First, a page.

How many heist movies have been made in the past 100 years? Probably not as many as hit man movies or serial killer movies, but nevertheless quite a few. Happily, there's always room for one more, if it's a good one, and Roger Donaldson's The Bank Job is indeed a good one. Moreover, I'd venture to say that it deserves to be called a crackerjack heist movie. Donaldson is about as far from a cinematic auteur as a director can get -- his disparate credits include The Bounty (1984), Cocktail (1988), Species (1995), Thirteen Days (2000), The Recruit (2003) and The World's Fastest Indian (2005) -- but that's where thirty years of experience and skill come in. The Bank Job takes a fairly complex story with multiple players on multiple sides, and presents it cleanly, briskly and excitingly.

Jason Statham leads the huge cast as Terry, a small time London hustler deep in debt, married with kids, and running a crooked auto shop -- just till he gets back on his feet. It's 1971 and an old friend, Martine Love (Saffron Burrows), who has been working as a model, shows up with a proposition. She is dating a secret agent who told her about a bank; the nearby tube trains have been setting off the alarms, so they're being replaced, and the bank will be without alarms for a time. Plus, if they hit the safe deposit boxes, there will be no way to trace the crime, based on the theory that most people won't want to disclose what it was they wanted to keep safe. Terry rounds up a couple of his mates and launches his scheme. They rent a storefront a couple of doors down from the bank, tunnel underground and re-surface inside the vault.

What Terry doesn't know is that a black revolutionary called Michael X (Peter de Jersey) has been avoiding arrest thanks to his collection of dirty pictures of Princess Margaret enjoying a threesome. The secret agent has enlisted Martine to get the pictures so that they can avoid blackmail and finally nail the rabble-rouser. Unbeknownst to anyone, Terry's haul also includes a ledger with a list of dirty cops, and a whole pile of other blackmail photos featuring British officials in compromising positions. After the heist, Terry and his crew find themselves in hot water, six ways from Sunday. The good news is that The Bank Job doesn't follow a carefully constructed course, where every move goes exactly according to Terry's plan; this bank job flies mainly by the seat of its pants. There's more bluffing, guessing and hoping than there is any actual planning.

Written by Dick Clement and Ian La Frenais, The Bank Job is based on a true story, though the facts have been carefully concealed. London newspapers carried the story for about three days, and then suddenly stopped (a D-Notice was apparently issued). Some robbers apparently got away and others were apparently killed. Some characters are based on real people and others are based on guesswork. The real-life Michael X, who died in 1975, has a detailed file that will apparently remain sealed for another fifty years. If anything the movie takes a few short cuts due to its lack of facts. In one sequence, while digging under the bank, Terry's crew stumbles upon an old crypt, thereby saving time. But they still wind up in the bank on Sunday, when the bank is closed, and they have all day to pillage the boxes. How much longer would it have taken if they had continued digging, and would they still have made it on Sunday? It's a good thing Donaldson decided to make a fiction movie rather than a documentary, and he does not attempt any kind of ultimate authoritative tone. The main point is that this single act by this small band of outsiders shook the entire London underworld to its foundations. And, how cool is that?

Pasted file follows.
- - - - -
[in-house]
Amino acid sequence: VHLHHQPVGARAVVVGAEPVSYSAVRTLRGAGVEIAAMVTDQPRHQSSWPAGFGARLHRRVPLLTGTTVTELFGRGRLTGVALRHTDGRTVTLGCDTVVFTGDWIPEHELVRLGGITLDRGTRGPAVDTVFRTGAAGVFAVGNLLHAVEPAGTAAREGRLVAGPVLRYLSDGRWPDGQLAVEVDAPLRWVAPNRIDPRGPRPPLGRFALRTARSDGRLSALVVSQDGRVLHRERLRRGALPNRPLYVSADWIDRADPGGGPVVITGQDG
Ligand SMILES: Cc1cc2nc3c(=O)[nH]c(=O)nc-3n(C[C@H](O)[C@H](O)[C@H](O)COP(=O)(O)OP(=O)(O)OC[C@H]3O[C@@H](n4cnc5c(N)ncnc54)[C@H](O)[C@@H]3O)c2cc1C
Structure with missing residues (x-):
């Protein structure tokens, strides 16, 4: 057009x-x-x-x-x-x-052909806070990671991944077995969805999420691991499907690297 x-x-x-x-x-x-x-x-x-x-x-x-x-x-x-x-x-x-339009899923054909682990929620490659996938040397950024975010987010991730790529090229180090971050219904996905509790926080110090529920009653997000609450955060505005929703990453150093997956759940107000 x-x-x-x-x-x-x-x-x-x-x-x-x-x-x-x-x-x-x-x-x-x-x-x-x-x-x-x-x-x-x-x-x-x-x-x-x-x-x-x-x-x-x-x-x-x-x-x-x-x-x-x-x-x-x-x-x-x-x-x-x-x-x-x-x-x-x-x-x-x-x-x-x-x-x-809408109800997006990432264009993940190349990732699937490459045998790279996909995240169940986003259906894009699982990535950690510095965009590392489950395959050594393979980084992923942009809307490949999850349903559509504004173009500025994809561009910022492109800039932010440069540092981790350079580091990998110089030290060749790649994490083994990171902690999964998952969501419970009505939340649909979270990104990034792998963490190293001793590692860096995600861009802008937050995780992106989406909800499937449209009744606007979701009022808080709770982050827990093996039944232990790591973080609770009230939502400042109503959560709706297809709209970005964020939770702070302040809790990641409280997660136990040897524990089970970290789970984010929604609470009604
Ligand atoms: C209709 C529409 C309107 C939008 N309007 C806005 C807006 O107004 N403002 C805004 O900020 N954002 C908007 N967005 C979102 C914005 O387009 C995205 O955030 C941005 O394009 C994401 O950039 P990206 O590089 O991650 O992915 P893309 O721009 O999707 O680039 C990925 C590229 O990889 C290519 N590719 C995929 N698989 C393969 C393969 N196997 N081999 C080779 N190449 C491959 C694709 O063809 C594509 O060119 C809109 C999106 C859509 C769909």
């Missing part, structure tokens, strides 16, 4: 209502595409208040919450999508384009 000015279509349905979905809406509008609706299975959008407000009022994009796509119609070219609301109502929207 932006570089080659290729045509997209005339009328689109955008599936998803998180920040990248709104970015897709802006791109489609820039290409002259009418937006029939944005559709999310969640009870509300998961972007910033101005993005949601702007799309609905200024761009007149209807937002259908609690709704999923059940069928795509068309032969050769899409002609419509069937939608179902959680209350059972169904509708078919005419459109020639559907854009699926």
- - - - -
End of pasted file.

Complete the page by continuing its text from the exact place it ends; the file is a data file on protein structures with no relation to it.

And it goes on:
I can't emphasize enough how smoothly The Bank Job moves. We've got a few guys from MI5 or MI6 (the movie isn't even clear which), who are looking for the blackmail photos of the princess. We've got a sleazy strip club owner (David Suchet) who is forced to pay off dirty cops and keeps a ledger on just who is accepting the money and how much. We've got the dirty cops who want the ledger back too. We've got clean cops who want the dirty cops taken down. We've got Michael X and his people hiding out in Trinidad. We've got a British spy who has infiltrated her way into Michael X's company in the hopes that she can find the photos laying on a desk somewhere. We've got the local politicos who enjoy indulging in whips and chains. We've got Terry's team members, each with a different job and background (the lookout, the "poncy" front man, etc.) We've got gangsters who are after Terry because of his debts before the job, etc.

Whew. But Donaldson has made every effort to distinguish each of these characters from one another. Even if we haven't seen some of them for fifteen or twenty minutes at a stretch, their unique looks and voices immediately distinguish them. (I was never lost, not even for a second.) The ever-appealing Statham gets a chance at a slightly lower-key performance than usual and Suchet manages to stand out with his slick, sinister gangster character (played with a murmur rather than a shriek), wearing thick glasses. Likewise, Donaldson effortlessly builds suspense and action through clear camera setups and sharp editing; no hand-held jumbles here. This classic technique also emphasizes the feel of the era; this could have been a 1971 drive-in movie dug up intact from a time capsule. The Bank Job doesn't add anything new to the genre, but it delivers everything we loved about it in the first place.